116 3rd St SE
Cedar Rapids, Iowa 52401
DES MOINES — Iowa Department of Public Safety Director Stephan Bayens makes clear he’s not a cop.
But, as the son of a police officer, “I’ve walked in their kids’ shoes,” he told the House Justice Systems Appropriations Subcommittee on Wednesday while requesting funds for a department wellness coordinator.
Based on his father’s experience and what he sees among the department’s personnel, “sucking it up” is a common way of dealing with trauma.
“We can’t continue that way,” he told the committee. “We’re burning out.”
Based on his own experience responding to the April 2021 fatal shooting of Iowa State Patrol Sgt. Jim Smith in Grundy County, “there are certain radio transmissions I still hear and certain sights I still see,” Bayens said.
Public Safety has seen a significant increase in the use of its critical incident stress management and peer support programs, Bayens said in his annual appearance before the budgetary committee.
Requests for critical stress management debriefings tripled in 2021 to 54. Public Safety personnel logged about 690 peer support contacts totaling 1,408 hours.
Three or four people share the duties for those programs in addition to their regular duties, Bayens said.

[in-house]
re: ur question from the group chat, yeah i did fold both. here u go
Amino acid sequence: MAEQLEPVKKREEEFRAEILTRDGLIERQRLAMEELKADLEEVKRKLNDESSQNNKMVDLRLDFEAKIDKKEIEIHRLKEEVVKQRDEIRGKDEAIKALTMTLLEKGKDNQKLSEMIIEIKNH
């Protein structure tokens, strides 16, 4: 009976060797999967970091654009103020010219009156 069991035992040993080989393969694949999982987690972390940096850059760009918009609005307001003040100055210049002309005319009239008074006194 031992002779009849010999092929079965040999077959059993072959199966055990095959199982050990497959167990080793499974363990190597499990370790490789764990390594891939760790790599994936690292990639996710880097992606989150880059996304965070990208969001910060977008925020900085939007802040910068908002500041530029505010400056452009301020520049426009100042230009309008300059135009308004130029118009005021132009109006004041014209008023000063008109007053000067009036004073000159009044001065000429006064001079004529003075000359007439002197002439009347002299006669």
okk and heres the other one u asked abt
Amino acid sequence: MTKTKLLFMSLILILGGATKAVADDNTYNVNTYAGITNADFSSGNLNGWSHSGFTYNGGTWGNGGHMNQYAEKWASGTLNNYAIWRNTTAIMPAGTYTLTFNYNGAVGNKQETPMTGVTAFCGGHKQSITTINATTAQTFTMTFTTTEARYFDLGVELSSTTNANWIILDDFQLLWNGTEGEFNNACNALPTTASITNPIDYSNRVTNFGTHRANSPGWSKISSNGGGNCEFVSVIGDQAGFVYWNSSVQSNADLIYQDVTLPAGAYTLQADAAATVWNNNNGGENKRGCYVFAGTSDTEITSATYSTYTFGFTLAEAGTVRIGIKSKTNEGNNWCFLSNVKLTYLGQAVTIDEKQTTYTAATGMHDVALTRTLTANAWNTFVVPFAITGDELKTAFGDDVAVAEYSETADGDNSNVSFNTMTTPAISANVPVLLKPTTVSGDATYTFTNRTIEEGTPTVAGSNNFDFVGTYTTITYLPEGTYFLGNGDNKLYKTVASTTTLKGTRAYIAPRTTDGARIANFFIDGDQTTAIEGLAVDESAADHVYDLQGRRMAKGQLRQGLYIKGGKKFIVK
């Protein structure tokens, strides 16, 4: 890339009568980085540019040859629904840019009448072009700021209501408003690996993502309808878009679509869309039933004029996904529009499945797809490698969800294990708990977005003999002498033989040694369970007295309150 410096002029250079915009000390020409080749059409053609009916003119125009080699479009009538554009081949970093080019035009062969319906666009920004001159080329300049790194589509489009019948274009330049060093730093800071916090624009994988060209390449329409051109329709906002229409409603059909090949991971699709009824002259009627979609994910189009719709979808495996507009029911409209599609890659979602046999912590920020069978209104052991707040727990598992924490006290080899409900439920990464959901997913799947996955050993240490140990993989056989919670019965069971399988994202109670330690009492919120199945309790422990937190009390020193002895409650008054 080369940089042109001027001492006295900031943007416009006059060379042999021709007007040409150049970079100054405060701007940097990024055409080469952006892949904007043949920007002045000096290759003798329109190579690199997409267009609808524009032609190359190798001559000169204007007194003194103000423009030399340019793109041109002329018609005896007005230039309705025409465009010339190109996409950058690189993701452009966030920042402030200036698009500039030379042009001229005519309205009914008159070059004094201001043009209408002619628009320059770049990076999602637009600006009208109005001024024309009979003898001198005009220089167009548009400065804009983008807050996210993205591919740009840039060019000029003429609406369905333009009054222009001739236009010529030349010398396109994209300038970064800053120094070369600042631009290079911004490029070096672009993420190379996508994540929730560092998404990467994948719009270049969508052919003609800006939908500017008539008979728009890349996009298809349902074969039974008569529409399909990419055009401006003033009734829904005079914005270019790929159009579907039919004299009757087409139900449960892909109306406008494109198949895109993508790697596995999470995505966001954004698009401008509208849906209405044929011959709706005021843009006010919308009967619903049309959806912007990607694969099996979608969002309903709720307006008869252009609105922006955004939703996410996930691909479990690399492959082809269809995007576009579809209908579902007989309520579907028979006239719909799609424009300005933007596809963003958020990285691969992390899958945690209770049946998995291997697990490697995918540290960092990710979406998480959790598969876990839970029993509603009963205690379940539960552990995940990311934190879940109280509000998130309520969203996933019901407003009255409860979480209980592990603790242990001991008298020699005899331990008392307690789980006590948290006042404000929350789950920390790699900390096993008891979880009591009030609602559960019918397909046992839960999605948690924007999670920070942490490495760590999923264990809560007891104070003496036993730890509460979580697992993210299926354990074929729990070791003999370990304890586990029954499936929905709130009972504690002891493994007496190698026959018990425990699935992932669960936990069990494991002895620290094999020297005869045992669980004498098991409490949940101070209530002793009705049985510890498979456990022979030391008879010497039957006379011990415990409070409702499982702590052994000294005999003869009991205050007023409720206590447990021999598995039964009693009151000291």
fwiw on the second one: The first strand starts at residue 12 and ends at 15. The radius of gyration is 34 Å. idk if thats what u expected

Demand, however, has reached the point a full-time wellness coordinator is needed to meet the needs of his department and its law enforcement partners across the state, he said.
A full-time coordinator would manage employee wellness programs, broaden services to family members and oversee the department’s therapy dog program.
He estimated the all-in cost, including salary and benefits, to be $191,000.
The governor has recommended a general fund allocation of nearly $120.8 million for the Department of Public Safety.
Wellness, Baynes said, also plays a role in recruiting new employees, which has become a challenge.
Research shows that Gen Z and millennials, who make up nearly half the U.S. workforce, want to work for employers that care about their well-being, he said. That’s the age group the department must recruit to offset the 50 percent of Iowa State Patrol troopers who are retiring in the next five to six years, he said.
The patrol, which is 20 troopers short of its allocation of 399, just graduated a class of 24 from its academy and has a new class of 19 recruits starting training. Bayens noted the patrol has had interest from as many as 1,300 people for past academies. The most recent academy drew interest from 300.
The benefit of a full-time wellness coordinator goes beyond officers’ personal well-being, Bayens said.
“There's also a lot of research to suggest that when your officers are well, they tend not to engage in misconduct, they don't have unlawful use of force issues,” he said. “So your civil liability tends to drop as well because they've been able to deal with that trauma and respond to it appropriately.”
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